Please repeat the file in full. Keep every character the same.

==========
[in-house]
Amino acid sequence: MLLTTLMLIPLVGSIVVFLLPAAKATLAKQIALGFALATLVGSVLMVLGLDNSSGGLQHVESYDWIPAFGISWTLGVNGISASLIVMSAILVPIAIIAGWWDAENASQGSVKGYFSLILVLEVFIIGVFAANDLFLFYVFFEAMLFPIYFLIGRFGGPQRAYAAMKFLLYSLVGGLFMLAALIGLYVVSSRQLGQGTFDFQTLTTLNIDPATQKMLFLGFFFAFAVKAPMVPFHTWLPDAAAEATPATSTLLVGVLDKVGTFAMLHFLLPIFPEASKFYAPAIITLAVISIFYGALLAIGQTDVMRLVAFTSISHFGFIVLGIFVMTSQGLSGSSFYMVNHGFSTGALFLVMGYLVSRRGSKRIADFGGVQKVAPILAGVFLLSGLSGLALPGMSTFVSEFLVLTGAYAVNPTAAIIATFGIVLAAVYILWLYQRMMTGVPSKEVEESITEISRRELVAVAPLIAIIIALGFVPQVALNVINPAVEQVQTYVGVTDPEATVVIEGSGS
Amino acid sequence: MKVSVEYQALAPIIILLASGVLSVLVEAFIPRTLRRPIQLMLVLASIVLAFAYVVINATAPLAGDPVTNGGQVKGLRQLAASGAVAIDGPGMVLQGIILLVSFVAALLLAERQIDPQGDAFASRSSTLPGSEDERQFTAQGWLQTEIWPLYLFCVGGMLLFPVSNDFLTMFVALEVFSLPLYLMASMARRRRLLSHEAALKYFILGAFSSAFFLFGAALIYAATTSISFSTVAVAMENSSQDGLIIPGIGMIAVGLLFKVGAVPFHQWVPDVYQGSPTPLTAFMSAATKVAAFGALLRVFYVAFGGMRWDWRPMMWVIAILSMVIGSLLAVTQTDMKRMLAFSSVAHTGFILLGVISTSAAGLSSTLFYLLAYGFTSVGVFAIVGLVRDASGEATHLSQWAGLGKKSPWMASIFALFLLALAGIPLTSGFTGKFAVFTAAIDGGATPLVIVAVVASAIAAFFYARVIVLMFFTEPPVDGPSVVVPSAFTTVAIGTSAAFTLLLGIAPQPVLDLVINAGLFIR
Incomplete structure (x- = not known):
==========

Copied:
[in-house]
Amino acid sequence: MLLTTLMLIPLVGSIVVFLLPAAKATLAKQIALGFALATLVGSVLMVLGLDNSSGGLQHVESYDWIPAFGISWTLGVNGISASLIVMSAILVPIAIIAGWWDAENASQGSVKGYFSLILVLEVFIIGVFAANDLFLFYVFFEAMLFPIYFLIGRFGGPQRAYAAMKFLLYSLVGGLFMLAALIGLYVVSSRQLGQGTFDFQTLTTLNIDPATQKMLFLGFFFAFAVKAPMVPFHTWLPDAAAEATPATSTLLVGVLDKVGTFAMLHFLLPIFPEASKFYAPAIITLAVISIFYGALLAIGQTDVMRLVAFTSISHFGFIVLGIFVMTSQGLSGSSFYMVNHGFSTGALFLVMGYLVSRRGSKRIADFGGVQKVAPILAGVFLLSGLSGLALPGMSTFVSEFLVLTGAYAVNPTAAIIATFGIVLAAVYILWLYQRMMTGVPSKEVEESITEISRRELVAVAPLIAIIIALGFVPQVALNVINPAVEQVQTYVGVTDPEATVVIEGSGS
Amino acid sequence: MKVSVEYQALAPIIILLASGVLSVLVEAFIPRTLRRPIQLMLVLASIVLAFAYVVINATAPLAGDPVTNGGQVKGLRQLAASGAVAIDGPGMVLQGIILLVSFVAALLLAERQIDPQGDAFASRSSTLPGSEDERQFTAQGWLQTEIWPLYLFCVGGMLLFPVSNDFLTMFVALEVFSLPLYLMASMARRRRLLSHEAALKYFILGAFSSAFFLFGAALIYAATTSISFSTVAVAMENSSQDGLIIPGIGMIAVGLLFKVGAVPFHQWVPDVYQGSPTPLTAFMSAATKVAAFGALLRVFYVAFGGMRWDWRPMMWVIAILSMVIGSLLAVTQTDMKRMLAFSSVAHTGFILLGVISTSAAGLSSTLFYLLAYGFTSVGVFAIVGLVRDASGEATHLSQWAGLGKKSPWMASIFALFLLALAGIPLTSGFTGKFAVFTAAIDGGATPLVIVAVVASAIAAFFYARVIVLMFFTEPPVDGPSVVVPSAFTTVAIGTSAAFTLLLGIAPQPVLDLVINAGLFIR
Incomplete structure (x- = not known):